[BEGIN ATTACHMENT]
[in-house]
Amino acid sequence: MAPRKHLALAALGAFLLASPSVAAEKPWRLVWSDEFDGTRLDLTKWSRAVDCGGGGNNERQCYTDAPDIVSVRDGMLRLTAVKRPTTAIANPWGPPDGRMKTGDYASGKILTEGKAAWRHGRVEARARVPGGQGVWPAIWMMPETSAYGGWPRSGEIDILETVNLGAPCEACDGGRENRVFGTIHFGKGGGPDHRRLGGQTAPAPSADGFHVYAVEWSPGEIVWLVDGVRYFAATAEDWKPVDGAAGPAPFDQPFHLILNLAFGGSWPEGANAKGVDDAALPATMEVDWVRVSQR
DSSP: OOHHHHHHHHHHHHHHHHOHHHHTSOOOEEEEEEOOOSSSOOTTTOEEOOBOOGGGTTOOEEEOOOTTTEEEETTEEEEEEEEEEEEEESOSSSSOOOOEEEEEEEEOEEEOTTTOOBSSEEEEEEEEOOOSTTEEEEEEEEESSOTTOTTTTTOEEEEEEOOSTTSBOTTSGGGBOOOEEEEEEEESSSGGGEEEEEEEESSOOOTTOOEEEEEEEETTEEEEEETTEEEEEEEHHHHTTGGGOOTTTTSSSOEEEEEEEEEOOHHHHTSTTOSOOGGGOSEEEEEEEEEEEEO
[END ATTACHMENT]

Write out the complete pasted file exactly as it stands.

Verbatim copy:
[in-house]
Amino acid sequence: MAPRKHLALAALGAFLLASPSVAAEKPWRLVWSDEFDGTRLDLTKWSRAVDCGGGGNNERQCYTDAPDIVSVRDGMLRLTAVKRPTTAIANPWGPPDGRMKTGDYASGKILTEGKAAWRHGRVEARARVPGGQGVWPAIWMMPETSAYGGWPRSGEIDILETVNLGAPCEACDGGRENRVFGTIHFGKGGGPDHRRLGGQTAPAPSADGFHVYAVEWSPGEIVWLVDGVRYFAATAEDWKPVDGAAGPAPFDQPFHLILNLAFGGSWPEGANAKGVDDAALPATMEVDWVRVSQR
DSSP: OOHHHHHHHHHHHHHHHHOHHHHTSOOOEEEEEEOOOSSSOOTTTOEEOOBOOGGGTTOOEEEOOOTTTEEEETTEEEEEEEEEEEEEESOSSSSOOOOEEEEEEEEOEEEOTTTOOBSSEEEEEEEEOOOSTTEEEEEEEEESSOTTOTTTTTOEEEEEEOOSTTSBOTTSGGGBOOOEEEEEEEESSSGGGEEEEEEEESSOOOTTOOEEEEEEEETTEEEEEETTEEEEEEEHHHHTTGGGOOTTTTSSSOEEEEEEEEEOOHHHHTSTTOSOOGGGOSEEEEEEEEEEEEO